Conference registration deadline: LCEDN 6th Conference, 11-12 September 2017, Durham

Low Carbon Energy for Development Network Conference

Durham, 11-12 September 2017

(St Aidan’s College, Lindisfarne Centre)

 

Theme: ‘Equity and Energy Justice’

Key Speakers include – Rosie Day, Ben Sovacool, Vanesa Castan Broto, Joy Clancy, Simon Trace, John Loughhead

The full programme can be viewed here, and includes speakers from South Africa, Chile, Bangladesh, Kenya, India, USA, Uganda, Malawi, Mexico and Australia.

Please register for your place at the conference here Please note that the deadline for registration is Thursday 7th September 2017 at 13:00 GMT. 


The Low Carbon Energy for Development Network (LCEDN) began in 2012, with the aim of bringing together researchers, policy-makers and practitioners from across the United Kingdom to expand research capacity around low-carbon development in the countries of the Global South and promote project and policy initiatives to address an urgent need.

The network has evolved to link existing expertise in international development, renewable energy transitions, science and technology studies and climate change to enhance interdisciplinary research, learning and policy-formation for this increasingly important and rapidly changing field.

The work of the LCEDN is not restricted to the UK but involves working with partners across the Global South to advance equitable and empowering access to low carbon energy among the global poor, and to address the challenge of how to combine universal access with low carbon transition.

This year’s annual conference (our 6th) is the first during the new phase of funding under DFID’s Transforming Energy Access programme. In this, the LCEDN has a role in consolidating existing relationships and collaborations among relevant UK academics and researchers, policy communities, NGOs and the private sector, and is extending partnerships in the global south for skills development. This conference is an opportunity to network, learn and develop partnerships across sectors.

Working within the broad framework of the UN’s policy of promoting Sustainable Energy for All (SE4ALL) the conference is based on the principle that without equity of access and energy justice, there can be no sustainability. The conference will therefore include papers involving any aspect of energy systems emerging to meet the distinctive energy needs of the ‘bottom of pyramid’, lowest quintile in the global south which can contribute to the understanding of how equity and justice are essential components of sustainability.

Contributions will address (but are not limited to) the following:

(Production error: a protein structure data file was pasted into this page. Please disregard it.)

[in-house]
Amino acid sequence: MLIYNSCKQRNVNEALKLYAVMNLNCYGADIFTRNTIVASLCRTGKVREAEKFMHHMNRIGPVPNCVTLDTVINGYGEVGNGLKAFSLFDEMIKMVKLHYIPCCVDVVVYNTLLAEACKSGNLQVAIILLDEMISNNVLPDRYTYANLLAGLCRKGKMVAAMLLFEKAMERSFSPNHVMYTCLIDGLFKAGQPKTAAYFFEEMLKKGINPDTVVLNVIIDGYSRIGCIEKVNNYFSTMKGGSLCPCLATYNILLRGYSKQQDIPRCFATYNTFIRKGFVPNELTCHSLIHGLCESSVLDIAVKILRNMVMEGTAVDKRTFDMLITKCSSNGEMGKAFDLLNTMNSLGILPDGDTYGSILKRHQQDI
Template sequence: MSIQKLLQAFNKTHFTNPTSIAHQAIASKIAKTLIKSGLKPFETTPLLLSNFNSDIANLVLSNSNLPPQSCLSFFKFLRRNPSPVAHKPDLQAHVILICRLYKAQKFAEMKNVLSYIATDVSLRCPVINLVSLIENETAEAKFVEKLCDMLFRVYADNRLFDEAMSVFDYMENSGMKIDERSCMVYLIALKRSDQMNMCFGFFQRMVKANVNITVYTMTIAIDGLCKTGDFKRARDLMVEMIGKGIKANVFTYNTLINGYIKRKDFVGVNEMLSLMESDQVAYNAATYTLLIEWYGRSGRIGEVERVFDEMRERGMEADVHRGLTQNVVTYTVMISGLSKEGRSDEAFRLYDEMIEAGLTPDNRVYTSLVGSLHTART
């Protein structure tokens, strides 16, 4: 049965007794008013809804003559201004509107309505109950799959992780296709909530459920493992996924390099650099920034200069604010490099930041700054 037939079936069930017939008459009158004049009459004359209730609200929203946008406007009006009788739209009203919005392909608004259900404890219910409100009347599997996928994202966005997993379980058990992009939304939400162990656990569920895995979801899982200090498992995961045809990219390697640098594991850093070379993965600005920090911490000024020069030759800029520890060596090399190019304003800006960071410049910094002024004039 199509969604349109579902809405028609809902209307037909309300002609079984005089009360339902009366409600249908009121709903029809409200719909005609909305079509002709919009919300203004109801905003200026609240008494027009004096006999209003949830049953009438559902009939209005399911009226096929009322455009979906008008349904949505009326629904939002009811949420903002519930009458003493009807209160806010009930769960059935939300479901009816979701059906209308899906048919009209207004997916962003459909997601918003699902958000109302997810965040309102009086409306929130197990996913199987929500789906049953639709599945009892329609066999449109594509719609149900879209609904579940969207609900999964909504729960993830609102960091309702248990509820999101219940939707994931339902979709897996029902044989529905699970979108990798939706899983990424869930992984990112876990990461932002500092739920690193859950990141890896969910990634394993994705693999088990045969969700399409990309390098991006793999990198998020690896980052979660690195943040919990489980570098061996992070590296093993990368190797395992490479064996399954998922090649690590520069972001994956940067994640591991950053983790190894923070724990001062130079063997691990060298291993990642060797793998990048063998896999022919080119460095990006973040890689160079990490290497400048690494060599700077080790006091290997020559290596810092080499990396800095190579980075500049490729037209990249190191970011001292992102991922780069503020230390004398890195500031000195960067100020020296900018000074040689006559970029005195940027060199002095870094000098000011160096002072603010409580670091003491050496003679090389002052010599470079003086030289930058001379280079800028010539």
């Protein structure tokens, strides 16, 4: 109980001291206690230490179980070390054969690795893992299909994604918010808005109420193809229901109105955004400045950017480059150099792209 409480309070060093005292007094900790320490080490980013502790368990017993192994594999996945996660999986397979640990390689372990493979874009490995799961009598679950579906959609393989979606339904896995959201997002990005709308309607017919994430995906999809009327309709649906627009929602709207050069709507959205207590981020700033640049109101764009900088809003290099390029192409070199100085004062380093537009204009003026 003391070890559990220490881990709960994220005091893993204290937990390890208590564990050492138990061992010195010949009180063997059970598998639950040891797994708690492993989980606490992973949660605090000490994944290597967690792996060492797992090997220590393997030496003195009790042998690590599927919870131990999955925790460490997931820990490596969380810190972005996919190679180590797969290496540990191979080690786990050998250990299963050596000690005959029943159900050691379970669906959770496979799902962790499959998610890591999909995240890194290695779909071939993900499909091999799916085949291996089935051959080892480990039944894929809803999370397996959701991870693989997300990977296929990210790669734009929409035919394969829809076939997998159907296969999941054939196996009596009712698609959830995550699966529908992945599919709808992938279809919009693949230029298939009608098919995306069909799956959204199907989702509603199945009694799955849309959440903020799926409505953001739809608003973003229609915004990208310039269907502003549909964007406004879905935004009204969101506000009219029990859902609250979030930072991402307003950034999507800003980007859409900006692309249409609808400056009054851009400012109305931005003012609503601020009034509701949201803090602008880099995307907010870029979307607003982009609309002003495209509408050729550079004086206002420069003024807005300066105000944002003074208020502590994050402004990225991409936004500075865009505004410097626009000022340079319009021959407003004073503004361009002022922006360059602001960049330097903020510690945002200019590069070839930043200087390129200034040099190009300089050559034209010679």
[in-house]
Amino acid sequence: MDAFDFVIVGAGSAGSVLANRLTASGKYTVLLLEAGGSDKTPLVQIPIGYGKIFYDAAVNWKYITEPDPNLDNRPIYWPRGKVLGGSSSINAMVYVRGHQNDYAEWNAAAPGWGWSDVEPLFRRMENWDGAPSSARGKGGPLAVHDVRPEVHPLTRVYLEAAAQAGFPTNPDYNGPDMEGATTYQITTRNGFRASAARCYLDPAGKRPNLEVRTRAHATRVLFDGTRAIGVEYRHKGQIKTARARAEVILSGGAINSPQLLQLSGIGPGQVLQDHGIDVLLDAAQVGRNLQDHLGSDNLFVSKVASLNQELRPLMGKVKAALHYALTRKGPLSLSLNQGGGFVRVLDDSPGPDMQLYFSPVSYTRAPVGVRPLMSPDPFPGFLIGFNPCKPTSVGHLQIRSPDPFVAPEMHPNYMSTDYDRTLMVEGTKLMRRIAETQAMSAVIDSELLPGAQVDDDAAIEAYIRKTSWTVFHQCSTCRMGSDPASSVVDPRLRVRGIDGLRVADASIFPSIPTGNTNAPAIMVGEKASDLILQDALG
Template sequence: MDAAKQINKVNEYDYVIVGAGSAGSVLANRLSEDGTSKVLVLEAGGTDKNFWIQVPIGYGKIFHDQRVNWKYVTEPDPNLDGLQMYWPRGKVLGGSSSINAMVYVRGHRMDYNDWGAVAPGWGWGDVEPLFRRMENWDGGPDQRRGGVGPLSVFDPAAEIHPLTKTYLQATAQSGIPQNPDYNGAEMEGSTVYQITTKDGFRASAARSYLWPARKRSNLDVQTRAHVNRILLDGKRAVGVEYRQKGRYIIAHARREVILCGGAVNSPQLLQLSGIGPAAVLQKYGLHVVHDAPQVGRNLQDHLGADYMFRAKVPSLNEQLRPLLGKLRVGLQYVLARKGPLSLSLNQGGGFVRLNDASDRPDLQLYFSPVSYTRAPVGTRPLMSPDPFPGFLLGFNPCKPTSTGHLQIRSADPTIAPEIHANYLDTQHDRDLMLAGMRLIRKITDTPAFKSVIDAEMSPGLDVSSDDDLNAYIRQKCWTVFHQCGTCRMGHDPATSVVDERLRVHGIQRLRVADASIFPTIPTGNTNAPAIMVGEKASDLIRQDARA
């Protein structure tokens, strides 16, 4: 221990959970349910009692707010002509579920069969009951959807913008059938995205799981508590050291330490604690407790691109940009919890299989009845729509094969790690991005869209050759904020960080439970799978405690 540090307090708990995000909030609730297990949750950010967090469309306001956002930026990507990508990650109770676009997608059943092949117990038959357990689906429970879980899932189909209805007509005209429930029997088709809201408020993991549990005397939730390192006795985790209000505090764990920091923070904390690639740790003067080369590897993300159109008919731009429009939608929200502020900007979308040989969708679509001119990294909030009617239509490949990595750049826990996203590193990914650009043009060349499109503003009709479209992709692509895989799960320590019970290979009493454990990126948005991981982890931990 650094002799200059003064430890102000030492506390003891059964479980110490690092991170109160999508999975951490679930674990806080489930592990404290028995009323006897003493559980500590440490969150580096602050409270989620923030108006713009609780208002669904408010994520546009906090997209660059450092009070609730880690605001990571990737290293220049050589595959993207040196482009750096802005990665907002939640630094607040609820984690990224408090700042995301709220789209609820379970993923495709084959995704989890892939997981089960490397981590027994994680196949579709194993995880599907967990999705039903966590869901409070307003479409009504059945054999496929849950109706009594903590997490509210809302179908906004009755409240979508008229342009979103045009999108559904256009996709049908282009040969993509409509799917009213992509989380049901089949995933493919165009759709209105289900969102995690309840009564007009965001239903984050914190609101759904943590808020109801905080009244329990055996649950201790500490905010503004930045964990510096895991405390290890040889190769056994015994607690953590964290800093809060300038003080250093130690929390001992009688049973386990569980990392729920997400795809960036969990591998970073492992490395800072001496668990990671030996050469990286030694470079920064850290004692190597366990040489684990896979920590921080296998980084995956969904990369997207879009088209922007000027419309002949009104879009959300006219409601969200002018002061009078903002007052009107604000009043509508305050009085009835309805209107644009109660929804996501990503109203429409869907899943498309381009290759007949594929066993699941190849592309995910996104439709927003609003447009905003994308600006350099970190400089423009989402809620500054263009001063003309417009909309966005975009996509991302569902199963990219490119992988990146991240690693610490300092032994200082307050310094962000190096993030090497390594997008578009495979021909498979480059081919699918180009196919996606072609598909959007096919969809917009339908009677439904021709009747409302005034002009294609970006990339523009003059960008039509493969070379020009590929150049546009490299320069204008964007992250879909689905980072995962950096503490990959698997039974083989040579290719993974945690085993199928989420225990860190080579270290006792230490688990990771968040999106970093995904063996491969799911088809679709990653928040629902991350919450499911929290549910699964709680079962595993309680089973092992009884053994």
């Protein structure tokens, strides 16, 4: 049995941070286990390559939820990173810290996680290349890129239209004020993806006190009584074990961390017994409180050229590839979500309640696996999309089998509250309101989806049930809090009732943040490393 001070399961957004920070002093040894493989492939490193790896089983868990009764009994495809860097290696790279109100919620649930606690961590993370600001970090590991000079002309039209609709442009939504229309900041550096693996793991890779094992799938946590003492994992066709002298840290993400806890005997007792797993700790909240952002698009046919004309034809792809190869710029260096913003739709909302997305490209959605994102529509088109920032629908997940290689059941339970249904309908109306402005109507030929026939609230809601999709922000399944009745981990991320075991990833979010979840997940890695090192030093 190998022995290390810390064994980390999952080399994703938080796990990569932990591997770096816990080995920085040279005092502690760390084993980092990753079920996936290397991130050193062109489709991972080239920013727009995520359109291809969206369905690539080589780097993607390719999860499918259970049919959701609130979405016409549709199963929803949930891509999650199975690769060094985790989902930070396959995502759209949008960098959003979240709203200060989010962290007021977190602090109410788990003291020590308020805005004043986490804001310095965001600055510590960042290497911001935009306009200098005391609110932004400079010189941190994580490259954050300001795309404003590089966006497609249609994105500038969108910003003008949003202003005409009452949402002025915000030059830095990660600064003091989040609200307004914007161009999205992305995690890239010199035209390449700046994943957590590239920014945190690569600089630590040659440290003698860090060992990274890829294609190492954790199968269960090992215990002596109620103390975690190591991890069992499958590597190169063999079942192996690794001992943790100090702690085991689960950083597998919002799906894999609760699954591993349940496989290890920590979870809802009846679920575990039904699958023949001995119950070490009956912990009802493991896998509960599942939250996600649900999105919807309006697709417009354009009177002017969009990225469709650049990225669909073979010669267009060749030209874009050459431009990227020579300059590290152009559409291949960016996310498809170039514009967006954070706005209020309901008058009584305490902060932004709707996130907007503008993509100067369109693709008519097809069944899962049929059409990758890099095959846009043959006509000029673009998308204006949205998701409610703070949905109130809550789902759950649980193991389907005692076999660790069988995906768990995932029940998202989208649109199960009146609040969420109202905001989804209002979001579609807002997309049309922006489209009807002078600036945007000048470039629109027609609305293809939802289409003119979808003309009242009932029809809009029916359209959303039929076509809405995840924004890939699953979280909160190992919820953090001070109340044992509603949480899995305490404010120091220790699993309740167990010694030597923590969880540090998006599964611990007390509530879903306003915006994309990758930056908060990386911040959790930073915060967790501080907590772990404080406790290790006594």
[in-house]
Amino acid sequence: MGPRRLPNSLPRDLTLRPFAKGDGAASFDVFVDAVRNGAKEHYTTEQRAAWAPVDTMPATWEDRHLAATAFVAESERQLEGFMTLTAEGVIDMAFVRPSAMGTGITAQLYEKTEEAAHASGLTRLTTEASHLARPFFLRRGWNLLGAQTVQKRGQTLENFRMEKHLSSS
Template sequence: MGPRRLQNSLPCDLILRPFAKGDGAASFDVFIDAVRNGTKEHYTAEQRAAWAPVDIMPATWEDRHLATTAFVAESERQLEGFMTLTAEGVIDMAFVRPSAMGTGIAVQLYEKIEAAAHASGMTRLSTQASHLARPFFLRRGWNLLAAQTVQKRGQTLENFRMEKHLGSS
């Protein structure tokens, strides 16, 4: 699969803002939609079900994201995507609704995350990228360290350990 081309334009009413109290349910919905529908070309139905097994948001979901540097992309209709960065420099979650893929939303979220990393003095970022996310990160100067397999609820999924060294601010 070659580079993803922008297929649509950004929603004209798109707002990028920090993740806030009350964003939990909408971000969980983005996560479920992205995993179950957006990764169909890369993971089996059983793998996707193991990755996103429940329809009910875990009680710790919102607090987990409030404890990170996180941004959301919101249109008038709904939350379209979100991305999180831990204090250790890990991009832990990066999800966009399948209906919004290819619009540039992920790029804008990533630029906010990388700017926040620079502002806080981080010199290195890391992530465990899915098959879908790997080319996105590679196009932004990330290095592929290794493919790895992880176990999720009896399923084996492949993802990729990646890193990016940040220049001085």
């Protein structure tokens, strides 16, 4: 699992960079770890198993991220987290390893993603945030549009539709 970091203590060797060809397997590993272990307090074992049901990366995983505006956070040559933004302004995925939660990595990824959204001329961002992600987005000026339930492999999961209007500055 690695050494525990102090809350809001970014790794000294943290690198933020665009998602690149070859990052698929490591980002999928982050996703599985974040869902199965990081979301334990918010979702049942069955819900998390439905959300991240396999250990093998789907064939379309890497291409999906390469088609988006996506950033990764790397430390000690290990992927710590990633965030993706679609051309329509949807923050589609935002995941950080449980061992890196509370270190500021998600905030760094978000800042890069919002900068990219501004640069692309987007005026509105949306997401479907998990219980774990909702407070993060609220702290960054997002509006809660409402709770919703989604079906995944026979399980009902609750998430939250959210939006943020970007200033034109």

• Inclusivity/marginalization – Which kinds of exclusions need to be confronted? In what ways does exclusion as it relates to energy operate, and how are energy resources, technologies and services implicated in exclusionary processes? How do we ensure that low carbon energy promotes inclusion and avoids contributing to exclusion?

 

  • Technology justice – How can this be understood, promoted and operationalized at domestic, community, municipal, national and international scales?

 

  • Climate justice – What are the key conjunctions between climate and energy justice? How does each concept learn from approaches to, and related issues in development and environmental justice? Where are the areas of conflict between energy and climate justice?

 

  • Intersectional and structural inequalities – What can ‘equity and energy’ learn from studies of equity and health? How do structured energy injustices affect outcomes in the pursuit of sustainable livelihood options and access to educational opportunities?

 

  • Governance and citizenship – – Which governance arrangements help or hinder the realization of justice and equity in the deployment of low carbon energy technologies? Will scaling-up of low carbon energy affect negotiating relationships with power at different levels of everyday life? How can we better share understanding of the range of actors who can facilitate equitable uptake of renewables?

 

  • Contestation – How do we approach struggles around low carbon energy developments? Which sites of contestation emerge and how may struggles be recognised and negotiated? Which new networks of power and participation emerge around low carbon energy development and how to ensure that they do achieve development and real community interests?

 

  • Socio-technical imaginaries and normative projects for social change – How effective are pathways to sustainable energy transition at addressing broader projects of societal transition that include gender equality, and reducing other forms of discrimination that prevent equitable access to energy services?

 

  • Research collaborations – Which kinds of collaborations can most effectively progress energy justice? How best to help disseminate lessons about the difference that can be made through participatory engineering design, or through socio-technical governance practices adaptable to particular needs or justice problems?

 

 


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